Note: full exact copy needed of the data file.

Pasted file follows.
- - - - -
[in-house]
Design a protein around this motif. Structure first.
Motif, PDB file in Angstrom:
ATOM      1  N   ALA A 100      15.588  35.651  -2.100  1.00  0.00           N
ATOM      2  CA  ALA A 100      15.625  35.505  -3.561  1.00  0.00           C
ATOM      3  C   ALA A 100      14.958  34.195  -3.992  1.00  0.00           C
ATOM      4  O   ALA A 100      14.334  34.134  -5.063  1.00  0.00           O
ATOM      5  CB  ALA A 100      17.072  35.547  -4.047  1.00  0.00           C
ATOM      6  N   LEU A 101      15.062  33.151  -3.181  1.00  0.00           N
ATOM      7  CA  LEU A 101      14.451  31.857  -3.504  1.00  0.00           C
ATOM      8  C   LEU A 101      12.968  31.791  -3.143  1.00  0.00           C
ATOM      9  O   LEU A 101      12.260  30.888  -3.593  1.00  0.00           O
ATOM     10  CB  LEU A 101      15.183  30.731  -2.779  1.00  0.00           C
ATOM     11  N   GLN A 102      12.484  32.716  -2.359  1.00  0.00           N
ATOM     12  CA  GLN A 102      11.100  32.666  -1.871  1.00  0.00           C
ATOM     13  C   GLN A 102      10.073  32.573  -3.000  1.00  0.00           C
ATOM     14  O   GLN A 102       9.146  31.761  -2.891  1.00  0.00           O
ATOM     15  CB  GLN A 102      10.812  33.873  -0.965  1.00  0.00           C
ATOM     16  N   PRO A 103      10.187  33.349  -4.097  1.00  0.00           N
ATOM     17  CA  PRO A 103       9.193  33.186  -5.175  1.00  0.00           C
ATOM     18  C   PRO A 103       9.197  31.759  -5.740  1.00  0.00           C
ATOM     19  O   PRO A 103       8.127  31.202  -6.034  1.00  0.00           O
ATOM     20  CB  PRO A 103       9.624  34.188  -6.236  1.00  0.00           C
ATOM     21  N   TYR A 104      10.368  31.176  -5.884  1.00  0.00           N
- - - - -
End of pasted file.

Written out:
[in-house]
Design a protein around this motif. Structure first.
Motif, PDB file in Angstrom:
ATOM      1  N   ALA A 100      15.588  35.651  -2.100  1.00  0.00           N
ATOM      2  CA  ALA A 100      15.625  35.505  -3.561  1.00  0.00           C
ATOM      3  C   ALA A 100      14.958  34.195  -3.992  1.00  0.00           C
ATOM      4  O   ALA A 100      14.334  34.134  -5.063  1.00  0.00           O
ATOM      5  CB  ALA A 100      17.072  35.547  -4.047  1.00  0.00           C
ATOM      6  N   LEU A 101      15.062  33.151  -3.181  1.00  0.00           N
ATOM      7  CA  LEU A 101      14.451  31.857  -3.504  1.00  0.00           C
ATOM      8  C   LEU A 101      12.968  31.791  -3.143  1.00  0.00           C
ATOM      9  O   LEU A 101      12.260  30.888  -3.593  1.00  0.00           O
ATOM     10  CB  LEU A 101      15.183  30.731  -2.779  1.00  0.00           C
ATOM     11  N   GLN A 102      12.484  32.716  -2.359  1.00  0.00           N
ATOM     12  CA  GLN A 102      11.100  32.666  -1.871  1.00  0.00           C
ATOM     13  C   GLN A 102      10.073  32.573  -3.000  1.00  0.00           C
ATOM     14  O   GLN A 102       9.146  31.761  -2.891  1.00  0.00           O
ATOM     15  CB  GLN A 102      10.812  33.873  -0.965  1.00  0.00           C
ATOM     16  N   PRO A 103      10.187  33.349  -4.097  1.00  0.00           N
ATOM     17  CA  PRO A 103       9.193  33.186  -5.175  1.00  0.00           C
ATOM     18  C   PRO A 103       9.197  31.759  -5.740  1.00  0.00           C
ATOM     19  O   PRO A 103       8.127  31.202  -6.034  1.00  0.00           O
ATOM     20  CB  PRO A 103       9.624  34.188  -6.236  1.00  0.00           C
ATOM     21  N   TYR A 104      10.368  31.176  -5.884  1.00  0.00           N